Plan would keep Pennsylvania sole liquor wholesaler
One way or another, Pennsylvania gets paid.
A liquor privatization bill state Sen. Charles McIlhinney Jr., R-Doylestown, proposed would allow private companies to sell wine and spirits but would preserve Pennsylvania's role as the state's sole wholesaler. So, before a customer buys a bottle of wine from a local business, the business owner first would buy that bottle from the state, under McIlhinney's proposal.
The measure would preserve the Liquor Control Board's place as the country's largest single purchaser of wine and spirits. All the state's wine and liquor would continue to flow through the PLCB's warehouses in Blawnox, Philadelphia and Taylor.
It would keep a steady stream of money flowing into the state's bank account, said Gail Reinard, executive director of the Law and Justice Committee, which McIlhinney chairs. Details are still being drafted, she said.
The state's wholesale monopoly “is valuable,” Reinard noted.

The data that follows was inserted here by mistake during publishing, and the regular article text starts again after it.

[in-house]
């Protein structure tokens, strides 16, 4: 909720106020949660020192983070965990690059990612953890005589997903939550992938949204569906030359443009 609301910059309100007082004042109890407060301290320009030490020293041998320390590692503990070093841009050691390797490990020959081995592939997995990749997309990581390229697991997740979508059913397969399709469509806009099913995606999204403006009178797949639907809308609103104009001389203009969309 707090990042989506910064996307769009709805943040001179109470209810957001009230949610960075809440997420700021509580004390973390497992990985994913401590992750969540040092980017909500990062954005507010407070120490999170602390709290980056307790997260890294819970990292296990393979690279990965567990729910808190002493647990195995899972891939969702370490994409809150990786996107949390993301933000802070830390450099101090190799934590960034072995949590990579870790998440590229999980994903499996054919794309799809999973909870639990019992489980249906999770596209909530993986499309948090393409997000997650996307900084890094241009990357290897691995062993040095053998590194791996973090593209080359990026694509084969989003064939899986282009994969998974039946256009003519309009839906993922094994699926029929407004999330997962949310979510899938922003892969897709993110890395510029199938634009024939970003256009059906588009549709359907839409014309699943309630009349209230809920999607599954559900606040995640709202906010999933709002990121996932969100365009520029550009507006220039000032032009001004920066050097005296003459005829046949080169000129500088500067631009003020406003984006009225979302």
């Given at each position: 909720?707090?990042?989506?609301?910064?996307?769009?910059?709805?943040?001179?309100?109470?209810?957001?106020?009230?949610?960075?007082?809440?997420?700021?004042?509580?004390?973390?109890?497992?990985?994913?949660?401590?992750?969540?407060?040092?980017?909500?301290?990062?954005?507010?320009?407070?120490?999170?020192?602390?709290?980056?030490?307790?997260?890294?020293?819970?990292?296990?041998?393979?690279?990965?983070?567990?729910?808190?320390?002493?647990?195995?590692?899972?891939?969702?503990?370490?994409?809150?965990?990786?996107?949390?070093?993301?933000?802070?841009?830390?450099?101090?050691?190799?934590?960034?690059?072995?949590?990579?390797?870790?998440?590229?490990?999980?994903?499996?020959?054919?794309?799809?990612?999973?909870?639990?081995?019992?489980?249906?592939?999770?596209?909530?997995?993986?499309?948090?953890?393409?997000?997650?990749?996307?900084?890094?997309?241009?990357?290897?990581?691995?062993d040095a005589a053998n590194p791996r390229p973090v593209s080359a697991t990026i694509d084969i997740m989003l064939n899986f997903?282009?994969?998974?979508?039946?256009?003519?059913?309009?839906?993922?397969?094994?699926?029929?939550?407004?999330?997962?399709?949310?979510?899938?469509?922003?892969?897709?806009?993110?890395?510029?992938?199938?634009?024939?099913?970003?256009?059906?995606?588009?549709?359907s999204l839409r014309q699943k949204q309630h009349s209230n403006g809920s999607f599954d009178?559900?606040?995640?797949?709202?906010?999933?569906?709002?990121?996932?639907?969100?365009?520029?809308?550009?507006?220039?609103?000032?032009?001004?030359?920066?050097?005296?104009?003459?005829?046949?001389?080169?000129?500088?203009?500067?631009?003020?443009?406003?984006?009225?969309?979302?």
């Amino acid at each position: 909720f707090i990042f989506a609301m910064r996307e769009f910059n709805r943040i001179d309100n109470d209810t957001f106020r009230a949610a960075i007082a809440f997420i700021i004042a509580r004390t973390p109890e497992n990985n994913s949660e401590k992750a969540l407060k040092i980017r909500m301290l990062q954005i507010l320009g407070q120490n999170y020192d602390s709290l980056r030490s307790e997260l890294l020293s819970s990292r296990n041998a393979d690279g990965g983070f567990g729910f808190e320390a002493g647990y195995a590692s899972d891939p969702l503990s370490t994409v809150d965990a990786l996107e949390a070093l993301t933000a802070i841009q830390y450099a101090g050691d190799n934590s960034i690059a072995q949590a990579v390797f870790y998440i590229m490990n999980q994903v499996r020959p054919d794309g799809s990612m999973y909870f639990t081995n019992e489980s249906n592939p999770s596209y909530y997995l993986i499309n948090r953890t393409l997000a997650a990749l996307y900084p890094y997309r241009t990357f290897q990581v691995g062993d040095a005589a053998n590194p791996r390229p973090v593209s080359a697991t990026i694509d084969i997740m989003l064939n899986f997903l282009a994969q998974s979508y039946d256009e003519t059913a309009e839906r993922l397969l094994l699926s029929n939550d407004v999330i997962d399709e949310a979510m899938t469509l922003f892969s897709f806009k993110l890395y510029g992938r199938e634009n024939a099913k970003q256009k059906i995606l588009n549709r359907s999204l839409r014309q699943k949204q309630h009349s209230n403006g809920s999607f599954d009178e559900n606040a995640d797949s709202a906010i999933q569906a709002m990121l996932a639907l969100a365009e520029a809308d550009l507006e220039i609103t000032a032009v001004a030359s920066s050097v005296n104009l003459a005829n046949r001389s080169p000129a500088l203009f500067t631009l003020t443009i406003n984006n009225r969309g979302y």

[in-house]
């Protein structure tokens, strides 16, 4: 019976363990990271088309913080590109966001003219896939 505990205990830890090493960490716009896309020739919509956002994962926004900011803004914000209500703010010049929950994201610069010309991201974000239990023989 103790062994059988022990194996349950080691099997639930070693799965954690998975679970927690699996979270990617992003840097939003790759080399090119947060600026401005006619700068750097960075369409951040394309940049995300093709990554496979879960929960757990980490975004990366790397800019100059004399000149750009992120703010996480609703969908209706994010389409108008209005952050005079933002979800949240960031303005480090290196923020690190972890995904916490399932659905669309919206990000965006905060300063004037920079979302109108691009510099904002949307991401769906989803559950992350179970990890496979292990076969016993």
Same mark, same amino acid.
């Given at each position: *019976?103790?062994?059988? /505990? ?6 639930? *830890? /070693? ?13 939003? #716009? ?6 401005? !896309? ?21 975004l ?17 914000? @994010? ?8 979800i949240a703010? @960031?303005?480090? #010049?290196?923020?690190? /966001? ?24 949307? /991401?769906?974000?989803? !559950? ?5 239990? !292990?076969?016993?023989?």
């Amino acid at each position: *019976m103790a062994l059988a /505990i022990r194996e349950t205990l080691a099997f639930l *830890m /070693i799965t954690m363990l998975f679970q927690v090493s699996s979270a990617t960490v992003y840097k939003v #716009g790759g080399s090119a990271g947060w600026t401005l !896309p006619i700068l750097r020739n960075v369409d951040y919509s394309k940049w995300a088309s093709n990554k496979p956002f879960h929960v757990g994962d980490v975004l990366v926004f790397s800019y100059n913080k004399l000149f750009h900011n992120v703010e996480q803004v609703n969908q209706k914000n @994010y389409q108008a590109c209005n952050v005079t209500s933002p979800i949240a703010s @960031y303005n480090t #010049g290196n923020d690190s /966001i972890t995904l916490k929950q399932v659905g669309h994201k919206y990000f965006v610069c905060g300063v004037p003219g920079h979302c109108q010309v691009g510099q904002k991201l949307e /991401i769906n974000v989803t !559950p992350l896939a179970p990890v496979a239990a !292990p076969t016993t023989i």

In the 2011-12 fiscal year, when tight budget constraints sparked bitter budget fights, the state Treasury took in about $500 million from the Liquor Control Board, more than $400 million of which came through liquor and sales taxes. The board transferred $80 million to the general fund, according to Treasury figures.
“You don't want to completely blow up that system,” Reinard said. McIlhinney's bill aims to preserve — and even increase — that $80 million by maintaining state government's role as middleman between the global wine and spirits industry and drinkers.
A closed market could lock in higher prices for consumers, opponents of McIlhinney's bill worry.
“We wouldn't tell McDonald's they can only buy hamburger patties from Burger King and then expect that consumers will get a fair price,” said Rep. Mike Reese, R-Mt. Pleasant Township.
State Capitol reporter Brad Bumsted contributed to this report. Mike Wereschagin is a staff writer for Trib Total Media.
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